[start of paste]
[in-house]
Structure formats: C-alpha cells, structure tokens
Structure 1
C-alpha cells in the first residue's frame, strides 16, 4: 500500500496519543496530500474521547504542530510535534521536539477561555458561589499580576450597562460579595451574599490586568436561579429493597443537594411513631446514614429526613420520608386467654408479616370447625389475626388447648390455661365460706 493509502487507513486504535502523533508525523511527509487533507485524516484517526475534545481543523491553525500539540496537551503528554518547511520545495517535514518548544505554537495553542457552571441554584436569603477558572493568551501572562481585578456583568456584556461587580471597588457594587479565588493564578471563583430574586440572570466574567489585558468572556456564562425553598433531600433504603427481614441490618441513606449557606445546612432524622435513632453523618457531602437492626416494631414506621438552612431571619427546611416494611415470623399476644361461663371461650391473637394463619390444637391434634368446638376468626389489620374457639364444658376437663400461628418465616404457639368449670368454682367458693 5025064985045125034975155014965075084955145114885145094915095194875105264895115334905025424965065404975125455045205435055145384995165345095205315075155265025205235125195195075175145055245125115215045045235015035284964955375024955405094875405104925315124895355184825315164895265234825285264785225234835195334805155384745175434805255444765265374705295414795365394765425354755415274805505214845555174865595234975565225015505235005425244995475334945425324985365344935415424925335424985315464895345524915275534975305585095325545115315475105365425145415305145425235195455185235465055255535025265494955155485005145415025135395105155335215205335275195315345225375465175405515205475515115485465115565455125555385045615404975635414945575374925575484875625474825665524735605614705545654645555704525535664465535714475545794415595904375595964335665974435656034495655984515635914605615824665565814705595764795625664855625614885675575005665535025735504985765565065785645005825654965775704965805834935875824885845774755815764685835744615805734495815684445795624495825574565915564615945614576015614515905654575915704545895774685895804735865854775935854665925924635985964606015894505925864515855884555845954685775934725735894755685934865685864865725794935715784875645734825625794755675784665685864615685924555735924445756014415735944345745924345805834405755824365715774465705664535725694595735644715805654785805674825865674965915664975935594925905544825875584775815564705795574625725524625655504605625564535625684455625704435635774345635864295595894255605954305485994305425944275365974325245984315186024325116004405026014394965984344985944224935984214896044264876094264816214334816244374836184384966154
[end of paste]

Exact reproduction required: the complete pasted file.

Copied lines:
[in-house]
Structure formats: C-alpha cells, structure tokens
Structure 1
C-alpha cells in the first residue's frame, strides 16, 4: 500500500496519543496530500474521547504542530510535534521536539477561555458561589499580576450597562460579595451574599490586568436561579429493597443537594411513631446514614429526613420520608386467654408479616370447625389475626388447648390455661365460706 493509502487507513486504535502523533508525523511527509487533507485524516484517526475534545481543523491553525500539540496537551503528554518547511520545495517535514518548544505554537495553542457552571441554584436569603477558572493568551501572562481585578456583568456584556461587580471597588457594587479565588493564578471563583430574586440572570466574567489585558468572556456564562425553598433531600433504603427481614441490618441513606449557606445546612432524622435513632453523618457531602437492626416494631414506621438552612431571619427546611416494611415470623399476644361461663371461650391473637394463619390444637391434634368446638376468626389489620374457639364444658376437663400461628418465616404457639368449670368454682367458693 5025064985045125034975155014965075084955145114885145094915095194875105264895115334905025424965065404975125455045205435055145384995165345095205315075155265025205235125195195075175145055245125115215045045235015035284964955375024955405094875405104925315124895355184825315164895265234825285264785225234835195334805155384745175434805255444765265374705295414795365394765425354755415274805505214845555174865595234975565225015505235005425244995475334945425324985365344935415424925335424985315464895345524915275534975305585095325545115315475105365425145415305145425235195455185235465055255535025265494955155485005145415025135395105155335215205335275195315345225375465175405515205475515115485465115565455125555385045615404975635414945575374925575484875625474825665524735605614705545654645555704525535664465535714475545794415595904375595964335665974435656034495655984515635914605615824665565814705595764795625664855625614885675575005665535025735504985765565065785645005825654965775704965805834935875824885845774755815764685835744615805734495815684445795624495825574565915564615945614576015614515905654575915704545895774685895804735865854775935854665925924635985964606015894505925864515855884555845954685775934725735894755685934865685864865725794935715784875645734825625794755675784665685864615685924555735924445756014415735944345745924345805834405755824365715774465705664535725694595735644715805654785805674825865674965915664975935594925905544825875584775815564705795574625725524625655504605625564535625684455625704435635774345635864295595894255605954305485994305425944275365974325245984315186024325116004405026014394965984344985944224935984214896044264876094264816214334816244374836184384966154